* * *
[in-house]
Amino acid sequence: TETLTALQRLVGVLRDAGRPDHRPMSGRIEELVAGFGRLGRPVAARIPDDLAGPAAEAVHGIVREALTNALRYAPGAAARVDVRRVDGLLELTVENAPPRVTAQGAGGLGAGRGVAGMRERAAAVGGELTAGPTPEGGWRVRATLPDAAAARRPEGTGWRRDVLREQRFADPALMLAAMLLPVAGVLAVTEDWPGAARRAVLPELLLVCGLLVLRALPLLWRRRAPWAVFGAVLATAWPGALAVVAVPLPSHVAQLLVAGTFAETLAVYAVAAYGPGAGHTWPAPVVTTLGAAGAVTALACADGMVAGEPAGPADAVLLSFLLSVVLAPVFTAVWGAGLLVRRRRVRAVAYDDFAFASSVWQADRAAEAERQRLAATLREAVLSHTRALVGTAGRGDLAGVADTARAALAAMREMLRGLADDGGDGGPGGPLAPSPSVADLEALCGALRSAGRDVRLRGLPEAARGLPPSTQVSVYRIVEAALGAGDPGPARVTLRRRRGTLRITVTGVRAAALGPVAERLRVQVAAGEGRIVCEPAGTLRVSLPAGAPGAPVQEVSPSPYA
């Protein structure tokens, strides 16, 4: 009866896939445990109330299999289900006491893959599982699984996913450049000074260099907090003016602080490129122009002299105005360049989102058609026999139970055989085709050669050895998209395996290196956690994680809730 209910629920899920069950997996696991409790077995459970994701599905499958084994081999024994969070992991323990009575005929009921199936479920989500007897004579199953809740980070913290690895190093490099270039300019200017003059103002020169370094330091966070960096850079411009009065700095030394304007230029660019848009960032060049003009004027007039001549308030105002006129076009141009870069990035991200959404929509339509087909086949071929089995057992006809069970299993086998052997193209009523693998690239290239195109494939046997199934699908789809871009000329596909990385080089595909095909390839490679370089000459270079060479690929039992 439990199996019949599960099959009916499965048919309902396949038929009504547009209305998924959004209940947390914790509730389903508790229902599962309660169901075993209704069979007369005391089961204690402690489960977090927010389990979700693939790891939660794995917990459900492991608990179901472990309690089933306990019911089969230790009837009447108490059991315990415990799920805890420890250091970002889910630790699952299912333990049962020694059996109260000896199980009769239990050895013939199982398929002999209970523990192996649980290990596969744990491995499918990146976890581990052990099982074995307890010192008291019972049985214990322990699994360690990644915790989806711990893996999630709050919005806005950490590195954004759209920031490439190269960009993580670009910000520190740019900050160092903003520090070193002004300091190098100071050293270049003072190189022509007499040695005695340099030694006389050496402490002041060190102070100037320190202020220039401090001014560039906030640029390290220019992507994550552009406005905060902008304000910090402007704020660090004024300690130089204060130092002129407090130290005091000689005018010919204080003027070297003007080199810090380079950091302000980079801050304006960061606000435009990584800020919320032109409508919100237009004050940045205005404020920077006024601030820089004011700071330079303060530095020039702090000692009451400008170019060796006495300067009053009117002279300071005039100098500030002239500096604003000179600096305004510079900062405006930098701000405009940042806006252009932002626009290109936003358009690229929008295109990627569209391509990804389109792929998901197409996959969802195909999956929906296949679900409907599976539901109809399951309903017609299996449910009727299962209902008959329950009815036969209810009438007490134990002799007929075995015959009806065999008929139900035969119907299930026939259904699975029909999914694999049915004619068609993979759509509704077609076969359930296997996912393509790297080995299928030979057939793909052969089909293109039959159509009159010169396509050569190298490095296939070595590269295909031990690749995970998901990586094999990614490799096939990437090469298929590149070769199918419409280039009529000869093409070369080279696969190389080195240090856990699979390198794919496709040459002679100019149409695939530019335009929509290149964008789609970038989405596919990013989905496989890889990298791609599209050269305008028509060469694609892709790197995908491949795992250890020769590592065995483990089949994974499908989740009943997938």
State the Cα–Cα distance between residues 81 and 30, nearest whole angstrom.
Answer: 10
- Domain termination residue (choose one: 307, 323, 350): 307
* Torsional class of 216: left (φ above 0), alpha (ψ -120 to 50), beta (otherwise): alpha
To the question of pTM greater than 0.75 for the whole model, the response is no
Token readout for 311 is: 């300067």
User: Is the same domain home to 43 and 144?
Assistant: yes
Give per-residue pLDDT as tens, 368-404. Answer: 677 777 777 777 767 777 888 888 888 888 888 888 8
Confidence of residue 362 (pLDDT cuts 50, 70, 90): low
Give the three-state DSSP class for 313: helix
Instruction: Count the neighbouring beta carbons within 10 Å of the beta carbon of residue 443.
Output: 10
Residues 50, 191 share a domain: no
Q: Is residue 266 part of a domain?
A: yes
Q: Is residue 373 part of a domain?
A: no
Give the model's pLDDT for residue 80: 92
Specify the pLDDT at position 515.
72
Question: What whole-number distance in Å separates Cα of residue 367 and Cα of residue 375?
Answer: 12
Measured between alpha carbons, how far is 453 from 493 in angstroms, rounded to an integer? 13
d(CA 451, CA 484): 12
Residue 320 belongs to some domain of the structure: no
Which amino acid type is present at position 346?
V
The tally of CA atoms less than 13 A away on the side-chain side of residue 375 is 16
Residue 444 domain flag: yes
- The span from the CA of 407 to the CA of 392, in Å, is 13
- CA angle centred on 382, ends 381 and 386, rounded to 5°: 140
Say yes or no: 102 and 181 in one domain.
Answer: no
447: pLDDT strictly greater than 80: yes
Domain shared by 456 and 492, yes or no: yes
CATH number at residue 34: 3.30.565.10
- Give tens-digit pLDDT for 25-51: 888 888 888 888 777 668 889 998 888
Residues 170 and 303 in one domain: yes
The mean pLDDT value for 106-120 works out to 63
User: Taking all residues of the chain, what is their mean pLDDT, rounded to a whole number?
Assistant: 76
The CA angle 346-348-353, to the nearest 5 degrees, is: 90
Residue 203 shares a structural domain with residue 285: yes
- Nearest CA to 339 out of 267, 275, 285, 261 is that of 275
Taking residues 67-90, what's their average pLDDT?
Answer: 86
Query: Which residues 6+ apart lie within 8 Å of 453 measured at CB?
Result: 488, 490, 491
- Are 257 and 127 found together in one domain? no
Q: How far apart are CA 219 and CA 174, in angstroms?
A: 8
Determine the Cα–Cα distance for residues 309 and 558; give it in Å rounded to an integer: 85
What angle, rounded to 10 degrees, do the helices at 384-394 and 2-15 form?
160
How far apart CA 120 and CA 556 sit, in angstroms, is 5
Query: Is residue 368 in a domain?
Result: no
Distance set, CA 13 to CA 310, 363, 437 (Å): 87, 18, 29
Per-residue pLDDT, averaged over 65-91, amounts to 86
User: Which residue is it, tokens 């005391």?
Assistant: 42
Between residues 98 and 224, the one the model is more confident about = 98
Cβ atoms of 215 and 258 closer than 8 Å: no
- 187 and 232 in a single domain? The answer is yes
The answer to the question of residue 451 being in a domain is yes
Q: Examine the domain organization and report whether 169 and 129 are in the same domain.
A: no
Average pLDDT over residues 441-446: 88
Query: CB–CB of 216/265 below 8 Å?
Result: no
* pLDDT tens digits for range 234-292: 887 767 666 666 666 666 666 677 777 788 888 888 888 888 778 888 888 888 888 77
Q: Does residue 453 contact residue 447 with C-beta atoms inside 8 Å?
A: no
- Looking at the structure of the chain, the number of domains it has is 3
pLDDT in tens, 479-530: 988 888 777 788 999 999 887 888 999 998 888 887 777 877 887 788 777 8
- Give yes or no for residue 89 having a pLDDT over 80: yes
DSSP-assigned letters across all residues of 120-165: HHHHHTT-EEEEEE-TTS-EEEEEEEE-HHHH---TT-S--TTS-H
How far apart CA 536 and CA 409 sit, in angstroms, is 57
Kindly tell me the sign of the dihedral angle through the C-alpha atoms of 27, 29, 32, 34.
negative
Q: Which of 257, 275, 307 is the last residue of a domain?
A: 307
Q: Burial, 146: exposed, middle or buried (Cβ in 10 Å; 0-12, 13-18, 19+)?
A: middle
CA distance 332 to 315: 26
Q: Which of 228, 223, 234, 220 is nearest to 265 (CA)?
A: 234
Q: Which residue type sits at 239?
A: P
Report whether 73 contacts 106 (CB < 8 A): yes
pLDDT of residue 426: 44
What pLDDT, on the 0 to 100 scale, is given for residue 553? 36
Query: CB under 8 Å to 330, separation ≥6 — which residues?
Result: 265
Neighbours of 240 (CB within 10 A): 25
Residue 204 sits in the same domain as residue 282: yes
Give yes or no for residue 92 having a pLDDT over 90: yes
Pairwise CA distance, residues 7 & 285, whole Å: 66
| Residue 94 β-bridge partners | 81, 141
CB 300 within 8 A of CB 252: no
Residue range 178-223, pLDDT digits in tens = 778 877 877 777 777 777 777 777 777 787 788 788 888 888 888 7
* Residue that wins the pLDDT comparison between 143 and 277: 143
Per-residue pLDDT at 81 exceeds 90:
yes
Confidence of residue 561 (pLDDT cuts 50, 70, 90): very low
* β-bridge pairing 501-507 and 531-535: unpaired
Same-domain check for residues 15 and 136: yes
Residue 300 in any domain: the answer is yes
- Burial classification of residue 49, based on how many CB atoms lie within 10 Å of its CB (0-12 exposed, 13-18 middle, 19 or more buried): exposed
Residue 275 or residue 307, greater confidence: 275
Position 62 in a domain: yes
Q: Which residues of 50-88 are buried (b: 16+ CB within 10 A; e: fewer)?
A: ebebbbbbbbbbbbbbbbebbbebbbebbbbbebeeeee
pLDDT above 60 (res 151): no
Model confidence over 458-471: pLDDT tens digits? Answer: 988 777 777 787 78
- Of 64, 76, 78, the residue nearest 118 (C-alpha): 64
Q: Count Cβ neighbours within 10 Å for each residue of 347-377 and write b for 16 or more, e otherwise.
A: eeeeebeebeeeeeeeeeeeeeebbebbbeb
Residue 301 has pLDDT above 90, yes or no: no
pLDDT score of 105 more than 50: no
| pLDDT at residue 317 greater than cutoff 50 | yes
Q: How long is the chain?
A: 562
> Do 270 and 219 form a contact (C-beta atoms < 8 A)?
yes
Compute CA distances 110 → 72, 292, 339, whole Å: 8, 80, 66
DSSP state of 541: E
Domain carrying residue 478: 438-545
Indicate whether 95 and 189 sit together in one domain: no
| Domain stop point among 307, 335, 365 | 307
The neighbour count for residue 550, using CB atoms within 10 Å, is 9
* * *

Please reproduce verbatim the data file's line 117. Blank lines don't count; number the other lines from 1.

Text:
A: ebebbbbbbbbbbbbbbbebbbebbbebbbbbebeeeee